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Karen Oberlin: Confound Me: Songs in Search of Something

Karen Oberlin

Reviewed by Elizabeth Ahlfors

Wandering through life, searching for belonging, for love, understanding, intrigue and challenges, relishing the joy and the laughter, Karen Oberlin's new show, Confound Me: Songs in Search of Something, extends a connection of universality.  "Stop halfway and make me wonder,” is the challenge in the title song by Oberlin's husband, David Hajdu and musician Renee Rosnes. 

Oberlin's vocal tone is clear and warm, delivered with a slash of determination expressing her love of lyrics and music.  She is also a music scholar, researching ideas, writers, studying the intent, sinking into the soul of the music and offering it to her listeners with pure detail.  Her acting training comes through in her music.  Listen to her attentive focus on Paul Simon's "America," a bus trip by two young lovers searching in vain for a vision of home as it used to be.  

In this eclectic, innovative show, she delves into imagination, truth and emotion.  Pairing Adele and Eg White's "Chasing Pavements"("even if it leads to nowhere") is a smooth fit with Rupert Holmes' "People You Never Get to Love," about taking chances or letting them pass.  Within the eccentricities of life she places the haunting, "Nature Boy," written by eden ahbez (originally George McGrew), a California cafe owner dedicated to nature, love, health foods, sort of a '40's version of a '60's hippie.  

With sexy wit, Oberlin delivered Harold Arlen and Y.I.P Harburg's "Napoleon," a song used in two musicals, Hooray for What! and Jamaica, because how can you deny, "Napoleon's a pastry/Caesar is a salad/Get it while you're able."  With guest Jill Sobule on guitar and vocals, she joined the vocal high jinx in Sobule's rocking, "The Jig Is Up."  Far more serious toward the end of the show is Elvis Costello's "Beyond Belief," expounding the hazards of searching and love.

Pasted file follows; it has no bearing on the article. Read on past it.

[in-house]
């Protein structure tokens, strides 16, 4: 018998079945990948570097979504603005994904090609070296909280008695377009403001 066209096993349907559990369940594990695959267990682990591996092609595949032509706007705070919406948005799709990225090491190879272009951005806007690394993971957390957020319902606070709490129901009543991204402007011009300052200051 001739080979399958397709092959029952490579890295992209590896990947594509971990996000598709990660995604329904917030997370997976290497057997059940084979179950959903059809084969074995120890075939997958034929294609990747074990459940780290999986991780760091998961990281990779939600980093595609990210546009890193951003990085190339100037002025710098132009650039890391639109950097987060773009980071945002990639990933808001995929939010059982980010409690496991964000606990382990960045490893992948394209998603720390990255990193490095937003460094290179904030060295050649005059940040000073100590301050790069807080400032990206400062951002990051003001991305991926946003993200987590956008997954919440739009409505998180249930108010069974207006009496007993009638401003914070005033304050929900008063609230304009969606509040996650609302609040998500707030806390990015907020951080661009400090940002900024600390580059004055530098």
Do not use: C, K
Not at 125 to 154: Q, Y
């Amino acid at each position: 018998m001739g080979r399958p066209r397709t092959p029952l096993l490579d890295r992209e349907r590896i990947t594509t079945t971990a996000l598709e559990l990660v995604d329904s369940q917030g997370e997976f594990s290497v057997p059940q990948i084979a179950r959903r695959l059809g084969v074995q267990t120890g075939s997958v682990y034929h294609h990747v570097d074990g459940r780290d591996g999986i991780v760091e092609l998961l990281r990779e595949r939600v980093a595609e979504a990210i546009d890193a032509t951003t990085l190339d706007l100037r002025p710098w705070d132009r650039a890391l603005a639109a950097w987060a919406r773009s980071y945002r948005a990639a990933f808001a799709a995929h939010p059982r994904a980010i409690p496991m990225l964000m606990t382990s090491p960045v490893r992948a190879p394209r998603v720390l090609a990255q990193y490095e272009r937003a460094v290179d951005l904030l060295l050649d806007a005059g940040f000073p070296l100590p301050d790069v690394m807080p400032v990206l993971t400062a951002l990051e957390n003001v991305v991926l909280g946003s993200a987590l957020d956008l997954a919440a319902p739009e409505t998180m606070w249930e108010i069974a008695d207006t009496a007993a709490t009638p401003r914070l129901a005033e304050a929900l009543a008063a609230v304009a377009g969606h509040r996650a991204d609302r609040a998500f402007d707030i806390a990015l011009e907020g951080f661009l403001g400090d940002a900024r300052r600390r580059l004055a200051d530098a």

The highlight is Oberlin's rendition of Billy Strayhorn's, "Something to Live For," heartbreaking and sensuously jazzy.  Accompanied by music director/pianist Tedd Firth and Sean Smith on bass, she reaches for modern theater classics, "No More" (from Stephen Sondheim's Into the Woods) and "How Glory Goes" a melodic gem by Adam Guettel from Floyd Collins.  Her encore is standard jewel, Skylark by Hoagy Carmichael and Johnny Mercer, sung a cappella until Firth joins in. 

Karen Oberlin again reaches for something fresh and different, searching for and addressing  life and its uncertainties.

Karen Oberlin: Confound Me: Songs in Search of Something
158 - W. 72th St, NYC
June 11, 2018
Vocals: Karen Oberlin.  Guest Jill Sobule
Running time: One hour.
Review by Elizabeth Ahlfors

June, 2018